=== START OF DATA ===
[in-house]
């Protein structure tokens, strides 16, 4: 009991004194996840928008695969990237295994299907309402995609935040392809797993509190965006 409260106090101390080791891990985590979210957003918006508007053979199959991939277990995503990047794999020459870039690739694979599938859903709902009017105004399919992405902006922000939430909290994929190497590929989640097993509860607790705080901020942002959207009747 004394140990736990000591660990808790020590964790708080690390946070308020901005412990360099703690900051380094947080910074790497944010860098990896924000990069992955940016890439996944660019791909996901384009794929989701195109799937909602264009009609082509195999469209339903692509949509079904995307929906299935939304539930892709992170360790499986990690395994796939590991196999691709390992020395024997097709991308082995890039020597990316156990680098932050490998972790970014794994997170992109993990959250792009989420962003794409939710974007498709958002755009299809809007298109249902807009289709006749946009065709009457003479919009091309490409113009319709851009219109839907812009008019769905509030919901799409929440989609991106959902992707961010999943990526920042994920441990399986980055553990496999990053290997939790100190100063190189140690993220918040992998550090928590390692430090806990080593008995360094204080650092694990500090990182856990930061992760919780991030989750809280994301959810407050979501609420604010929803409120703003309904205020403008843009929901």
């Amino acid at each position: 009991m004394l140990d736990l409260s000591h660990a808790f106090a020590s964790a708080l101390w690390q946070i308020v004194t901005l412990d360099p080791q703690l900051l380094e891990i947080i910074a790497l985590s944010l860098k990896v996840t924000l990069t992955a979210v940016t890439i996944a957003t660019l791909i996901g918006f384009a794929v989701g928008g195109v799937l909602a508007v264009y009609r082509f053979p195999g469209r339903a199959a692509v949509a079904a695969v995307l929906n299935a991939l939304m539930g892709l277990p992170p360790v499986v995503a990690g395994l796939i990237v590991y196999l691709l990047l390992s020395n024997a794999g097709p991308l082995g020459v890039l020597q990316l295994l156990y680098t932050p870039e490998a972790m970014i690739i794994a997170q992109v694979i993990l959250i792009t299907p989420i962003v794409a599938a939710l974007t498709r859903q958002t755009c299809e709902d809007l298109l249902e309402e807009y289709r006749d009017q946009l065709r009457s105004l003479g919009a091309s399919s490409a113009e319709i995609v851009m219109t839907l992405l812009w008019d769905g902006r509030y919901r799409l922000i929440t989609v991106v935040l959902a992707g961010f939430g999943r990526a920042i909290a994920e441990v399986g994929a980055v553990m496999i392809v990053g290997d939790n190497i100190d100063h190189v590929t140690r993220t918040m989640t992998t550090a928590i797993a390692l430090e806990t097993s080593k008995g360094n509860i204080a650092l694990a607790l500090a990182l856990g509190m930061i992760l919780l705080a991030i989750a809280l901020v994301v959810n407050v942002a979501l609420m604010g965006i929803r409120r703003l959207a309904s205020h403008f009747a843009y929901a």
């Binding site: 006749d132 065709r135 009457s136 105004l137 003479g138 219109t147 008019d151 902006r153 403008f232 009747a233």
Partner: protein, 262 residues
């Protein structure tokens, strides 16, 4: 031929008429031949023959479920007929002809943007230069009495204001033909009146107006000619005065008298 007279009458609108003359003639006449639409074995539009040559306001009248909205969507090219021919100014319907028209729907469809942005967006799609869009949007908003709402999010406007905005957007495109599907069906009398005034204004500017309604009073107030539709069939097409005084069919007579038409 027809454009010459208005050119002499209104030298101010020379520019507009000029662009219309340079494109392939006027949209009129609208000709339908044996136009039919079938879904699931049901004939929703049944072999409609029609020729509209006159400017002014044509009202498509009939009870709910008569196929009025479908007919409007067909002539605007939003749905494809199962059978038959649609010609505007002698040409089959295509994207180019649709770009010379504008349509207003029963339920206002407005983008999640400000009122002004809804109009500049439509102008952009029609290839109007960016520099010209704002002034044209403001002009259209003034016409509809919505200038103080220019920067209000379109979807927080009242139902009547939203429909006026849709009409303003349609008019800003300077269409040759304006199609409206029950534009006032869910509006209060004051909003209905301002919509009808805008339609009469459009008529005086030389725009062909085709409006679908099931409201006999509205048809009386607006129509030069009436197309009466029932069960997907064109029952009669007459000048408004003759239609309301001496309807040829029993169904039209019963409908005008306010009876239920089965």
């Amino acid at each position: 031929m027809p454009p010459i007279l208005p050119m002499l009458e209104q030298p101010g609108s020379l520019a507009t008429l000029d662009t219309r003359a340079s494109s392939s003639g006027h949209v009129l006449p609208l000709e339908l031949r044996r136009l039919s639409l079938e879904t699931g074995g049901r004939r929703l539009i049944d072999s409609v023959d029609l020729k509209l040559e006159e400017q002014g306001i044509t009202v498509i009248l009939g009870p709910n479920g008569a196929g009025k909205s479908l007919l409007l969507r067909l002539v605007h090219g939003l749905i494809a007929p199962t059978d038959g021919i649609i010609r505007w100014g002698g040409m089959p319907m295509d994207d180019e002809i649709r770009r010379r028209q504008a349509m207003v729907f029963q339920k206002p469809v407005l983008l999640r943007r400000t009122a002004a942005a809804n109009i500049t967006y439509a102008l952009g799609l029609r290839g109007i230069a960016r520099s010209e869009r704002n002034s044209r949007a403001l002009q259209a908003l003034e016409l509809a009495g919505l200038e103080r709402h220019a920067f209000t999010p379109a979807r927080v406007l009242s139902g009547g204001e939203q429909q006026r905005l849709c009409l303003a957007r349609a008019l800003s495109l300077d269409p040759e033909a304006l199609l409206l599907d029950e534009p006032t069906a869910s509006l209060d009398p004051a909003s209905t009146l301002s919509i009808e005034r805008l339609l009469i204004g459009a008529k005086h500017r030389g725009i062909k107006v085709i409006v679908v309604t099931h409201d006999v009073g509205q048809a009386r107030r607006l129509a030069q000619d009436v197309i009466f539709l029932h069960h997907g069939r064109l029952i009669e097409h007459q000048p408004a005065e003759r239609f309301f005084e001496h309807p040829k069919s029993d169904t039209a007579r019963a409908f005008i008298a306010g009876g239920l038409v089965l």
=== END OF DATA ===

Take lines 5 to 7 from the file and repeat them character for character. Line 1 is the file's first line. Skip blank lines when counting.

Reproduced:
Partner: protein, 262 residues
């Protein structure tokens, strides 16, 4: 031929008429031949023959479920007929002809943007230069009495204001033909009146107006000619005065008298 007279009458609108003359003639006449639409074995539009040559306001009248909205969507090219021919100014319907028209729907469809942005967006799609869009949007908003709402999010406007905005957007495109599907069906009398005034204004500017309604009073107030539709069939097409005084069919007579038409 027809454009010459208005050119002499209104030298101010020379520019507009000029662009219309340079494109392939006027949209009129609208000709339908044996136009039919079938879904699931049901004939929703049944072999409609029609020729509209006159400017002014044509009202498509009939009870709910008569196929009025479908007919409007067909002539605007939003749905494809199962059978038959649609010609505007002698040409089959295509994207180019649709770009010379504008349509207003029963339920206002407005983008999640400000009122002004809804109009500049439509102008952009029609290839109007960016520099010209704002002034044209403001002009259209003034016409509809919505200038103080220019920067209000379109979807927080009242139902009547939203429909006026849709009409303003349609008019800003300077269409040759304006199609409206029950534009006032869910509006209060004051909003209905301002919509009808805008339609009469459009008529005086030389725009062909085709409006679908099931409201006999509205048809009386607006129509030069009436197309009466029932069960997907064109029952009669007459000048408004003759239609309301001496309807040829029993169904039209019963409908005008306010009876239920089965």
């Amino acid at each position: 031929m027809p454009p010459i007279l208005p050119m002499l009458e209104q030298p101010g609108s020379l520019a507009t008429l000029d662009t219309r003359a340079s494109s392939s003639g006027h949209v009129l006449p609208l000709e339908l031949r044996r136009l039919s639409l079938e879904t699931g074995g049901r004939r929703l539009i049944d072999s409609v023959d029609l020729k509209l040559e006159e400017q002014g306001i044509t009202v498509i009248l009939g009870p709910n479920g008569a196929g009025k909205s479908l007919l409007l969507r067909l002539v605007h090219g939003l749905i494809a007929p199962t059978d038959g021919i649609i010609r505007w100014g002698g040409m089959p319907m295509d994207d180019e002809i649709r770009r010379r028209q504008a349509m207003v729907f029963q339920k206002p469809v407005l983008l999640r943007r400000t009122a002004a942005a809804n109009i500049t967006y439509a102008l952009g799609l029609r290839g109007i230069a960016r520099s010209e869009r704002n002034s044209r949007a403001l002009q259209a908003l003034e016409l509809a009495g919505l200038e103080r709402h220019a920067f209000t999010p379109a979807r927080v406007l009242s139902g009547g204001e939203q429909q006026r905005l849709c009409l303003a957007r349609a008019l800003s495109l300077d269409p040759e033909a304006l199609l409206l599907d029950e534009p006032t069906a869910s509006l209060d009398p004051a909003s209905t009146l301002s919509i009808e005034r805008l339609l009469i204004g459009a008529k005086h500017r030389g725009i062909k107006v085709i409006v679908v309604t099931h409201d006999v009073g509205q048809a009386r107030r607006l129509a030069q000619d009436v197309i009466f539709l029932h069960h997907g069939r064109l029952i009669e097409h007459q000048p408004a005065e003759r239609f309301f005084e001496h309807p040829k069919s029993d169904t039209a007579r019963a409908f005008i008298a306010g009876g239920l038409v089965l």